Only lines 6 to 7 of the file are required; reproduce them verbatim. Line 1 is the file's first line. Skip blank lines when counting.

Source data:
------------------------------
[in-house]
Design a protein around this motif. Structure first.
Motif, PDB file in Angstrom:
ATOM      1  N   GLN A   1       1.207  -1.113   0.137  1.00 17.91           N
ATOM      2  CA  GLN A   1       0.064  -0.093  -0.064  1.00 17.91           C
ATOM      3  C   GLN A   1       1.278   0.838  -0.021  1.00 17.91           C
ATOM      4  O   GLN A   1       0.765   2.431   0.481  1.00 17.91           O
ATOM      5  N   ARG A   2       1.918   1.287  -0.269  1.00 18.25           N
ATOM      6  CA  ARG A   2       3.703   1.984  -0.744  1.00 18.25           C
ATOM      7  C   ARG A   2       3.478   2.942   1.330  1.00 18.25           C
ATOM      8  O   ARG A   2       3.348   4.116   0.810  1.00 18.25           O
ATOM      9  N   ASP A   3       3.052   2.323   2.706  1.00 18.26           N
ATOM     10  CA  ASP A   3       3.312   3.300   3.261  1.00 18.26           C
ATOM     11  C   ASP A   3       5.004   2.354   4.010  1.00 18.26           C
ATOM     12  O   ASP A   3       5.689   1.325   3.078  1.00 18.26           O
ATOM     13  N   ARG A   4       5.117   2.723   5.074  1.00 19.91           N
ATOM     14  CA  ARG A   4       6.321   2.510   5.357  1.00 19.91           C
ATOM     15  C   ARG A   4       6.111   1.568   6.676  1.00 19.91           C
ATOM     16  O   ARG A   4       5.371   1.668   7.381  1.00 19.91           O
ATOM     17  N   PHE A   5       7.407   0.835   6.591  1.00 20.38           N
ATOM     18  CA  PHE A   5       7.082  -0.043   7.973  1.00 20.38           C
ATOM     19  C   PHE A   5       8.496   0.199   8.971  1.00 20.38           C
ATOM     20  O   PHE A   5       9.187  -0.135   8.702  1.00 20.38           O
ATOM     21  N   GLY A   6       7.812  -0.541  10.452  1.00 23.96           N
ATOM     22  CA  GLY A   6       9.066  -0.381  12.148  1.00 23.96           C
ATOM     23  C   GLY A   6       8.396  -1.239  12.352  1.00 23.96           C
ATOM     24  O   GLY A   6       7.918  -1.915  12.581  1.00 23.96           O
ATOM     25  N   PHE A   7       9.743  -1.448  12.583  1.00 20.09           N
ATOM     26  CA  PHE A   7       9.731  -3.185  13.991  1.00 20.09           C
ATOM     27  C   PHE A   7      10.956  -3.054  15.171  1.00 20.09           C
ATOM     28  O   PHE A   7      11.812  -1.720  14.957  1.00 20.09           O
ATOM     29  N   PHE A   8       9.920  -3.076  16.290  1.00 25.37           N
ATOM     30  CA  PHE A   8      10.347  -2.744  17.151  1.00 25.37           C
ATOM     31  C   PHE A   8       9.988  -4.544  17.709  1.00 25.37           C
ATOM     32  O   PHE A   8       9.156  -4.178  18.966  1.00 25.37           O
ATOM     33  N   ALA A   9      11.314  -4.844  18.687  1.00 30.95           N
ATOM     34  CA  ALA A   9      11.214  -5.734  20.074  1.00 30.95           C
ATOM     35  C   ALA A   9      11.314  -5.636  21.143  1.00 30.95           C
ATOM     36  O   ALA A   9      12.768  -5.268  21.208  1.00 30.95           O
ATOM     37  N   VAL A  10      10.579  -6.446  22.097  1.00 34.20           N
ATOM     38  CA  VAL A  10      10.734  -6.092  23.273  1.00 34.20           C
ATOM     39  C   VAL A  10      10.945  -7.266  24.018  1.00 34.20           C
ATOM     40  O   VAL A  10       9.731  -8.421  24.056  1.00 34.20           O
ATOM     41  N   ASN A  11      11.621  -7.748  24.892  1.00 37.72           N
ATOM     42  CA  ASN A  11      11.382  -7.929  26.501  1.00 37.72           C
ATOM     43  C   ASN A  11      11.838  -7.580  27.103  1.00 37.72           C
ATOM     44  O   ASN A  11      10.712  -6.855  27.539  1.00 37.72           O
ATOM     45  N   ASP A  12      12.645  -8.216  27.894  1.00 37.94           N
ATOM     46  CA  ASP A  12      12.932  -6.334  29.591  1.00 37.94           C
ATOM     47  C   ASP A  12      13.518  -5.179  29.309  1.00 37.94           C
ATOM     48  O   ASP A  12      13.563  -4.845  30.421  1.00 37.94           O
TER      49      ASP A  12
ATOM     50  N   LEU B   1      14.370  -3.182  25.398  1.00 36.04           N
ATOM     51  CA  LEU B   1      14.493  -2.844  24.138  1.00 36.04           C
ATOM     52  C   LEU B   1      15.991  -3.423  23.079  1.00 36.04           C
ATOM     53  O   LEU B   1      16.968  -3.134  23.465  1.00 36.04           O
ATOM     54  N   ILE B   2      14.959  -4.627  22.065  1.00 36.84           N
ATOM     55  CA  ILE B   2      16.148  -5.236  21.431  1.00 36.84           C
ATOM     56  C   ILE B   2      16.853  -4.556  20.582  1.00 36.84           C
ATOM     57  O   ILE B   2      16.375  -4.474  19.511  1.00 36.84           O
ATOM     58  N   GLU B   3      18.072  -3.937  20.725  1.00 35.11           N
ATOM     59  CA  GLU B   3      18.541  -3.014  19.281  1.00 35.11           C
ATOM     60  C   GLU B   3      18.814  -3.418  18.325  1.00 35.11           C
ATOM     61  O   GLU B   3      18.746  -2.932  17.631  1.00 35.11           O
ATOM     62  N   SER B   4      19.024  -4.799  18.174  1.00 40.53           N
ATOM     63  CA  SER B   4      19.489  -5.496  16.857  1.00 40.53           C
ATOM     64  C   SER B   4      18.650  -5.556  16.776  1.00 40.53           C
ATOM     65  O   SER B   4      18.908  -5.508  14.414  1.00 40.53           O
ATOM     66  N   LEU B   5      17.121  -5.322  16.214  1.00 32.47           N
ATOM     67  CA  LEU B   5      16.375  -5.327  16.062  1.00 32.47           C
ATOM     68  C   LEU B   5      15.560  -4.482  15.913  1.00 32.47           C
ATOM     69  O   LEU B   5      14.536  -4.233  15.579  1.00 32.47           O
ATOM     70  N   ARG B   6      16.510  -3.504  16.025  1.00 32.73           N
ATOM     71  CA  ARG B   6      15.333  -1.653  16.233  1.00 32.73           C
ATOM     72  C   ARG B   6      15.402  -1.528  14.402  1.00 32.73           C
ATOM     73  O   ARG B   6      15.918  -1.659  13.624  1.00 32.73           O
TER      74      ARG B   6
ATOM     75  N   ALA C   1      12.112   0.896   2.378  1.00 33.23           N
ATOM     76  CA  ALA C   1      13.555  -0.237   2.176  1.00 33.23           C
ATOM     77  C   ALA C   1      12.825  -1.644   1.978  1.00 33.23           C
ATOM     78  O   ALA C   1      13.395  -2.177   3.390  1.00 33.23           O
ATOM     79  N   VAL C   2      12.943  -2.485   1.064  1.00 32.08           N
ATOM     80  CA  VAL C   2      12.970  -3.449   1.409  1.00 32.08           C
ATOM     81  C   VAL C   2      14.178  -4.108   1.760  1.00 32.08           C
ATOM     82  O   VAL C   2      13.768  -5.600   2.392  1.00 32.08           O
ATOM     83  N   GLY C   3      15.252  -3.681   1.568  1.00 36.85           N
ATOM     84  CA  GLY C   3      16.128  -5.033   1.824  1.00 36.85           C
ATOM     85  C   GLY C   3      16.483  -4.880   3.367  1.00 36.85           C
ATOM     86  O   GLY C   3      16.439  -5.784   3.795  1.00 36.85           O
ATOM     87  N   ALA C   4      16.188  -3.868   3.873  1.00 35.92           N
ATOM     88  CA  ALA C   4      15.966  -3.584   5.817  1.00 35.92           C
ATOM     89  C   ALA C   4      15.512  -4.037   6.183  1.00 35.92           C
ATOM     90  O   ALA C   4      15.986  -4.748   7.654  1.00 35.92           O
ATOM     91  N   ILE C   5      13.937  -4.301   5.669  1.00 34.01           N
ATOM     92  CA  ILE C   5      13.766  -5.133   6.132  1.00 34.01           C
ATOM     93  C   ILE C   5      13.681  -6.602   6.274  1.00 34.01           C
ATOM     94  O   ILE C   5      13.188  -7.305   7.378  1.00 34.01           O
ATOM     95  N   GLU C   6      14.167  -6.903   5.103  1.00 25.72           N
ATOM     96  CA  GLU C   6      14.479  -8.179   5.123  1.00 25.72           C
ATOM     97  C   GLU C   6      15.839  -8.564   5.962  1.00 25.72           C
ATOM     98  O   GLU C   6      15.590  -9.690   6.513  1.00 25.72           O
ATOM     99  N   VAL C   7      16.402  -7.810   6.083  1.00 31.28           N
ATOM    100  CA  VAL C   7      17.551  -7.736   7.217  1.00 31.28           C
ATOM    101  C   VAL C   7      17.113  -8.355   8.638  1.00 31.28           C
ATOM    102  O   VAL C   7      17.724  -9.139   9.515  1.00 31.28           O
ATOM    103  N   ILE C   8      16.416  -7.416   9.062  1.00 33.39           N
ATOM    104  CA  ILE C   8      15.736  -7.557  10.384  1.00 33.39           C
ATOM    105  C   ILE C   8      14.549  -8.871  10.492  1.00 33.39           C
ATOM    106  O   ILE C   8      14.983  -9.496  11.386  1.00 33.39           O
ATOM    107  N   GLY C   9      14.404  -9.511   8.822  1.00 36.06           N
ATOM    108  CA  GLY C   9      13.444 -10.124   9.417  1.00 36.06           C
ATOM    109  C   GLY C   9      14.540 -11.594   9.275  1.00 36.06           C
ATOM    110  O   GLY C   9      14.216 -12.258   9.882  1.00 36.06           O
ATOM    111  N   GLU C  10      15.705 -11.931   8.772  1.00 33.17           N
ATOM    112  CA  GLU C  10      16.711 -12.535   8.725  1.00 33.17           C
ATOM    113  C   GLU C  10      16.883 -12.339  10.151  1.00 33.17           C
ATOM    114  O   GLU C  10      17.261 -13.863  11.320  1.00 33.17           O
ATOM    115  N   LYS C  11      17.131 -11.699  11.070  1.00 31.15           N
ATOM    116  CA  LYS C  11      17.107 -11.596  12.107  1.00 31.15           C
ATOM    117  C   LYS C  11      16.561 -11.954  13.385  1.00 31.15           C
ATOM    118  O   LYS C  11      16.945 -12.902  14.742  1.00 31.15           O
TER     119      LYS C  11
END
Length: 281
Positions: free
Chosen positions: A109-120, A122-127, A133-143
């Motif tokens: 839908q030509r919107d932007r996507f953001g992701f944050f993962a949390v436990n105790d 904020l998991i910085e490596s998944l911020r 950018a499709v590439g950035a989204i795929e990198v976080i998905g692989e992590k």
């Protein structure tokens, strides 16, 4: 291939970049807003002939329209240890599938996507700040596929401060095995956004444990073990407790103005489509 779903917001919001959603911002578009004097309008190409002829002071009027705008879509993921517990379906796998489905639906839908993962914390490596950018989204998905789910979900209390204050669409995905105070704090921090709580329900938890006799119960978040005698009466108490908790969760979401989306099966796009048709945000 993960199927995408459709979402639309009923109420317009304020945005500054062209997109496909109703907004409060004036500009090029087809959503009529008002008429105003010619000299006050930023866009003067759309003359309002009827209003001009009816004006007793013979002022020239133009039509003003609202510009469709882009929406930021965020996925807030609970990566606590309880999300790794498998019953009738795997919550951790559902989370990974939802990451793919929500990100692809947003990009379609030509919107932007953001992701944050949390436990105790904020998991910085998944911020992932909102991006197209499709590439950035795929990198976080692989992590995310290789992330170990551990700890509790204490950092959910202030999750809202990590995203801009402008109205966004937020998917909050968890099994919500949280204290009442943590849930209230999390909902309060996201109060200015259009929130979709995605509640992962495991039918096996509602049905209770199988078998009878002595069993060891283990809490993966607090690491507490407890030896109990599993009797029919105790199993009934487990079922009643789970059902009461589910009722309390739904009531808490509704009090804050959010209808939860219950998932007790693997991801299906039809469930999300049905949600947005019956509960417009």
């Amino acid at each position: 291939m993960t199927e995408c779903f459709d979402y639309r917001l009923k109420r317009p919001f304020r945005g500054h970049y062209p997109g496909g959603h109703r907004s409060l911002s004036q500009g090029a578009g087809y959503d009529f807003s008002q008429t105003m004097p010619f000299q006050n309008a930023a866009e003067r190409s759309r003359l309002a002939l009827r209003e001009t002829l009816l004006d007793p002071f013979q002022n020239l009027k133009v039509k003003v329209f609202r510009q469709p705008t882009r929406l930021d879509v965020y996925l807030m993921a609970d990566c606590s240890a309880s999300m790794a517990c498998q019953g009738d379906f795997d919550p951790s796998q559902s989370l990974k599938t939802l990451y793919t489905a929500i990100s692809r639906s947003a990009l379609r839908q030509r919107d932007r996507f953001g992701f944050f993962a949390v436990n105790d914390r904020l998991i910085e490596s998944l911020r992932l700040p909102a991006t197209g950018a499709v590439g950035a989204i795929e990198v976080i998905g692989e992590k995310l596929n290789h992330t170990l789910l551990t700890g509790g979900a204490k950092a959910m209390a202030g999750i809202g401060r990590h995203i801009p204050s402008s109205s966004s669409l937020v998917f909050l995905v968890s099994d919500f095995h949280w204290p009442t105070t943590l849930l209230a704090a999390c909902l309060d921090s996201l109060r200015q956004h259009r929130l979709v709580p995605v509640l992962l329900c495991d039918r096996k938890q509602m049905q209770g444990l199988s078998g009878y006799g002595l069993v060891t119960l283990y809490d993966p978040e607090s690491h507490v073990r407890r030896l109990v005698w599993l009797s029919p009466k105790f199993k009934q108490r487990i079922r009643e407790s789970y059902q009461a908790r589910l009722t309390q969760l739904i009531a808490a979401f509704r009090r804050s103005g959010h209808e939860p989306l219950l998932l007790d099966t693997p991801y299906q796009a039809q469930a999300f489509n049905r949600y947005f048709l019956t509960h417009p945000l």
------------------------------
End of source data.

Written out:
ATOM      3  C   GLN A   1       1.278   0.838  -0.021  1.00 17.91           C
ATOM      4  O   GLN A   1       0.765   2.431   0.481  1.00 17.91           O